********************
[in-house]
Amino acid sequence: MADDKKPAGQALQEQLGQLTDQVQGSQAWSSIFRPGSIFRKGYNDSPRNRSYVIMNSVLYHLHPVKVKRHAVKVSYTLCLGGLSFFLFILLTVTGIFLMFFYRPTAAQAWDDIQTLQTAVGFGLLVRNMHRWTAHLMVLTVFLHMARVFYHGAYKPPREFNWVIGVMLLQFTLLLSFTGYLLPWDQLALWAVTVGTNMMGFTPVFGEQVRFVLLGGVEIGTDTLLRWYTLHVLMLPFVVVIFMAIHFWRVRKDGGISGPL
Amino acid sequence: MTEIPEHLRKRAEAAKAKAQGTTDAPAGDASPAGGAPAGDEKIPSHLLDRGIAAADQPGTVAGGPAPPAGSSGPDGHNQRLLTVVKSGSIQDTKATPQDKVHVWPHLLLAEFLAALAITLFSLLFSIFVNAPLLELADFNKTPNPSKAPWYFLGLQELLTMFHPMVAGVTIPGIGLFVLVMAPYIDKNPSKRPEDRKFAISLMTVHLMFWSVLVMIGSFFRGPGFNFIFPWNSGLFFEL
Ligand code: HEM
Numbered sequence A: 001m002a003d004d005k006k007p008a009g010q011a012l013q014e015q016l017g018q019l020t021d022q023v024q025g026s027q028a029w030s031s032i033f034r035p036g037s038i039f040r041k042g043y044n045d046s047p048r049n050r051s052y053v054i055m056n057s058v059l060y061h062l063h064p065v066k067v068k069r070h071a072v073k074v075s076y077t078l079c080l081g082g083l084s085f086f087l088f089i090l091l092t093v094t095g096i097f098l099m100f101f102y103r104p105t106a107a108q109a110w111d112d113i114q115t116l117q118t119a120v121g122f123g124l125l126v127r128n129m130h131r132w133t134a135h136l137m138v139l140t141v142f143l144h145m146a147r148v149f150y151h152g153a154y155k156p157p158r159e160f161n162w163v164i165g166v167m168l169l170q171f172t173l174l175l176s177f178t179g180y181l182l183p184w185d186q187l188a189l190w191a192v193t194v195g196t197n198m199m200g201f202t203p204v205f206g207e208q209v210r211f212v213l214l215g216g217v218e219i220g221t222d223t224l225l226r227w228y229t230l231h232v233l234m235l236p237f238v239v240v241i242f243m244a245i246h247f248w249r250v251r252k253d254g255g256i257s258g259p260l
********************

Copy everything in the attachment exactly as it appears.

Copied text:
[in-house]
Amino acid sequence: MADDKKPAGQALQEQLGQLTDQVQGSQAWSSIFRPGSIFRKGYNDSPRNRSYVIMNSVLYHLHPVKVKRHAVKVSYTLCLGGLSFFLFILLTVTGIFLMFFYRPTAAQAWDDIQTLQTAVGFGLLVRNMHRWTAHLMVLTVFLHMARVFYHGAYKPPREFNWVIGVMLLQFTLLLSFTGYLLPWDQLALWAVTVGTNMMGFTPVFGEQVRFVLLGGVEIGTDTLLRWYTLHVLMLPFVVVIFMAIHFWRVRKDGGISGPL
Amino acid sequence: MTEIPEHLRKRAEAAKAKAQGTTDAPAGDASPAGGAPAGDEKIPSHLLDRGIAAADQPGTVAGGPAPPAGSSGPDGHNQRLLTVVKSGSIQDTKATPQDKVHVWPHLLLAEFLAALAITLFSLLFSIFVNAPLLELADFNKTPNPSKAPWYFLGLQELLTMFHPMVAGVTIPGIGLFVLVMAPYIDKNPSKRPEDRKFAISLMTVHLMFWSVLVMIGSFFRGPGFNFIFPWNSGLFFEL
Ligand code: HEM
Numbered sequence A: 001m002a003d004d005k006k007p008a009g010q011a012l013q014e015q016l017g018q019l020t021d022q023v024q025g026s027q028a029w030s031s032i033f034r035p036g037s038i039f040r041k042g043y044n045d046s047p048r049n050r051s052y053v054i055m056n057s058v059l060y061h062l063h064p065v066k067v068k069r070h071a072v073k074v075s076y077t078l079c080l081g082g083l084s085f086f087l088f089i090l091l092t093v094t095g096i097f098l099m100f101f102y103r104p105t106a107a108q109a110w111d112d113i114q115t116l117q118t119a120v121g122f123g124l125l126v127r128n129m130h131r132w133t134a135h136l137m138v139l140t141v142f143l144h145m146a147r148v149f150y151h152g153a154y155k156p157p158r159e160f161n162w163v164i165g166v167m168l169l170q171f172t173l174l175l176s177f178t179g180y181l182l183p184w185d186q187l188a189l190w191a192v193t194v195g196t197n198m199m200g201f202t203p204v205f206g207e208q209v210r211f212v213l214l215g216g217v218e219i220g221t222d223t224l225l226r227w228y229t230l231h232v233l234m235l236p237f238v239v240v241i242f243m244a245i246h247f248w249r250v251r252k253d254g255g256i257s258g259p260l